What is folic acid?
Folic acid is a B11 vitamin, also known as vitamin B9 outside of the Netherlands. Folic acid can be found in many types of food such as fresh vegetables, fruit, potatoes, whole-wheat products and dairy. If you eat a varied diet, your diet supplies enough folic acid. However, at the start of your pregnancy you need extra folic acid which your diet alone cannot provide. A pregnant woman would have to eat 50 whole-wheat sandwiches a day, or 5 kilos of potatoes. To make sure you have enough folic acid, you should take Folic Acid supplements.1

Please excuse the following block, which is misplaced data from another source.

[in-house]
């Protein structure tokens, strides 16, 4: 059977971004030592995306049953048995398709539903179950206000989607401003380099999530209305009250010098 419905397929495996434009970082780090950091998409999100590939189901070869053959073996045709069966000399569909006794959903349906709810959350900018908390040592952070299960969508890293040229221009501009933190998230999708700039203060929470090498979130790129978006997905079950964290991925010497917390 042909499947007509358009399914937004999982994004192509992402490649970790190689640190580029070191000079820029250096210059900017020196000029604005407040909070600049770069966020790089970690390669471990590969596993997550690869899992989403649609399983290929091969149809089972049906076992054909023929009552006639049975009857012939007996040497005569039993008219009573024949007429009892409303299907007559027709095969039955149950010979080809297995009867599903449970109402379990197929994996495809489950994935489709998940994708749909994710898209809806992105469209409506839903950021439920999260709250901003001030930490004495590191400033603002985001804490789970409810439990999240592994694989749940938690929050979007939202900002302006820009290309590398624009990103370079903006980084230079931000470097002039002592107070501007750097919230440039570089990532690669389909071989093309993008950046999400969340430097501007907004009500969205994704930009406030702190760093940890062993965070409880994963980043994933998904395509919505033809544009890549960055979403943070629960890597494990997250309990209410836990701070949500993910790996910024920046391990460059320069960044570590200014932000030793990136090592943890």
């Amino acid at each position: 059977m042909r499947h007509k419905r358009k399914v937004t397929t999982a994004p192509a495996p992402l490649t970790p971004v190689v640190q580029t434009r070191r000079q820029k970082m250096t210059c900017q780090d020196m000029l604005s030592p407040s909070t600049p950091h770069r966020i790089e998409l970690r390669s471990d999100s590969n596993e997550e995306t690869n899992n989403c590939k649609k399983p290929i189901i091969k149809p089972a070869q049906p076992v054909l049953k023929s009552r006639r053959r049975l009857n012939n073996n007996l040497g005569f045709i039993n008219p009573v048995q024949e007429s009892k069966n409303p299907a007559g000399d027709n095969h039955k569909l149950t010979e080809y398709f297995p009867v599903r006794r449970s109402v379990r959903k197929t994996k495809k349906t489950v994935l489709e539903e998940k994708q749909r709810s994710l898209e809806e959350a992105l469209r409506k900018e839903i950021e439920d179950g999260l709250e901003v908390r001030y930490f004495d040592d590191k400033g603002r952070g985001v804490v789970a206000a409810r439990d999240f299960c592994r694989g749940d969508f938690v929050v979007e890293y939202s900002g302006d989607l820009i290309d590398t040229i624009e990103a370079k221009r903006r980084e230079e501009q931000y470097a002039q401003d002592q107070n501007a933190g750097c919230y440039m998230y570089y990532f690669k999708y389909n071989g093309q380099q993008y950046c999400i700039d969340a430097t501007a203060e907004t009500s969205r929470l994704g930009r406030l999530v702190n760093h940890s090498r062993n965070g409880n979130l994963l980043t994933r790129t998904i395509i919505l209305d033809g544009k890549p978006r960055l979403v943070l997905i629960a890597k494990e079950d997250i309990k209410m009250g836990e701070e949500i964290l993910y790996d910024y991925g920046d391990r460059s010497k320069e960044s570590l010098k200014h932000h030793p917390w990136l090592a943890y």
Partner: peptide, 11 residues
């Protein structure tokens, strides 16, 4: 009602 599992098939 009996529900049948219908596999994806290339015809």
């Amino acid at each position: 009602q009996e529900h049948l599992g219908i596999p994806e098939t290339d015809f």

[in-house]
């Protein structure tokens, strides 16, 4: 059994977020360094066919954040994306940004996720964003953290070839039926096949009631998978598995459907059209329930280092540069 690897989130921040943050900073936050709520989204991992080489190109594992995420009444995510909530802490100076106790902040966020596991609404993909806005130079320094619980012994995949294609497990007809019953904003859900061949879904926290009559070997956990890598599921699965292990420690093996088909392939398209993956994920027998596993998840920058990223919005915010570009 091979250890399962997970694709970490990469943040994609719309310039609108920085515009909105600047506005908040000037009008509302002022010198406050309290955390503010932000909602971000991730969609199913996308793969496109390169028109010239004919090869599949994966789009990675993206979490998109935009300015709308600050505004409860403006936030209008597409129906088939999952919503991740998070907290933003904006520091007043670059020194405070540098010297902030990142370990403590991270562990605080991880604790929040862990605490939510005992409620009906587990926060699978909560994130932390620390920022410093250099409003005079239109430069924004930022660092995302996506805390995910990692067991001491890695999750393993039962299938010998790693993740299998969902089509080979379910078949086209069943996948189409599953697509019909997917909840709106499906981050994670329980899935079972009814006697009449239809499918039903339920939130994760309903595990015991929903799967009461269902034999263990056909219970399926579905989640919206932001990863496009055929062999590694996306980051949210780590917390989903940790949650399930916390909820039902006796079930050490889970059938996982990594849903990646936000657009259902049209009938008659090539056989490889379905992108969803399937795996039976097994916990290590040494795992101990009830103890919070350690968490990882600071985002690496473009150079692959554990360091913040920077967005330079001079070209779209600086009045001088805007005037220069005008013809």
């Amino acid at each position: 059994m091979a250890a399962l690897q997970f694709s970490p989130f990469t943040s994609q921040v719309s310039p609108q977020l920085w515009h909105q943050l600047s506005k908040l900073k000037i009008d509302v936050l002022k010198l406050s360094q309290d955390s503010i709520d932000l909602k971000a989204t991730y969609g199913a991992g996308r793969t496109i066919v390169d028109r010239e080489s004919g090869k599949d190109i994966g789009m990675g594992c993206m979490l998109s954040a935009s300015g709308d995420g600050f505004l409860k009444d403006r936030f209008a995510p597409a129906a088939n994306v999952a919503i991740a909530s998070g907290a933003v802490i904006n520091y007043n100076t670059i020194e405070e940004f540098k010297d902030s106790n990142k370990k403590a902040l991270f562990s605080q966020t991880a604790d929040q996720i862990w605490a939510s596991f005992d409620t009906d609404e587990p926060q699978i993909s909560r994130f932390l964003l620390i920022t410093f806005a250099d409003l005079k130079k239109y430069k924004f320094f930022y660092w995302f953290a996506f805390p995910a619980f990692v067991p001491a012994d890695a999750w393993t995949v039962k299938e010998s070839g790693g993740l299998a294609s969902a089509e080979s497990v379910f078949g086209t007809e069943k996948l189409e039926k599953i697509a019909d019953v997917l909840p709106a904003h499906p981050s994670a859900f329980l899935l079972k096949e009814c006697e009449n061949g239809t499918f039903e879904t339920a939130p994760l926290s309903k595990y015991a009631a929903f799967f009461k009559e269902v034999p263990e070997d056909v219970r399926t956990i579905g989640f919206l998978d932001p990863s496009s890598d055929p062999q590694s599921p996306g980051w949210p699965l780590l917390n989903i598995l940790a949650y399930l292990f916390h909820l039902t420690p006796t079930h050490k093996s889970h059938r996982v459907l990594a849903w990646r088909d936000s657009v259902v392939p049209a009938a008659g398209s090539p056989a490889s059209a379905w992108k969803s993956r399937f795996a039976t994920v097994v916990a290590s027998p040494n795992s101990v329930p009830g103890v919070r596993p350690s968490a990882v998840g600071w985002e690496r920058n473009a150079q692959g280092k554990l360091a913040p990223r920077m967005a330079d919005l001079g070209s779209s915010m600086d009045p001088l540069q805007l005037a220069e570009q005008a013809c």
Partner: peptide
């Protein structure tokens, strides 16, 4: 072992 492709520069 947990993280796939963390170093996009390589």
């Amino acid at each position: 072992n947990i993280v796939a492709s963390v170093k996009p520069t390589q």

Taking folic acid supplements from 4 weeks before conception and through to 12 weeks after conception significantly lowers the chances of your baby developing neural tube defects (spina bifida) by up to 70%. A dosage of 0.4-0.5 mg folic acid tablets will not harm mother or child. This dose will also not be harmful should you take them for months on end. Even if you do not immediately become pregnant, you should continue to take folic acid supplements every day.2
Ask your chemist or general practitioner if you would like more information on the side effects of folic acid supplementation. Or read the leaflet supplied with the packaging.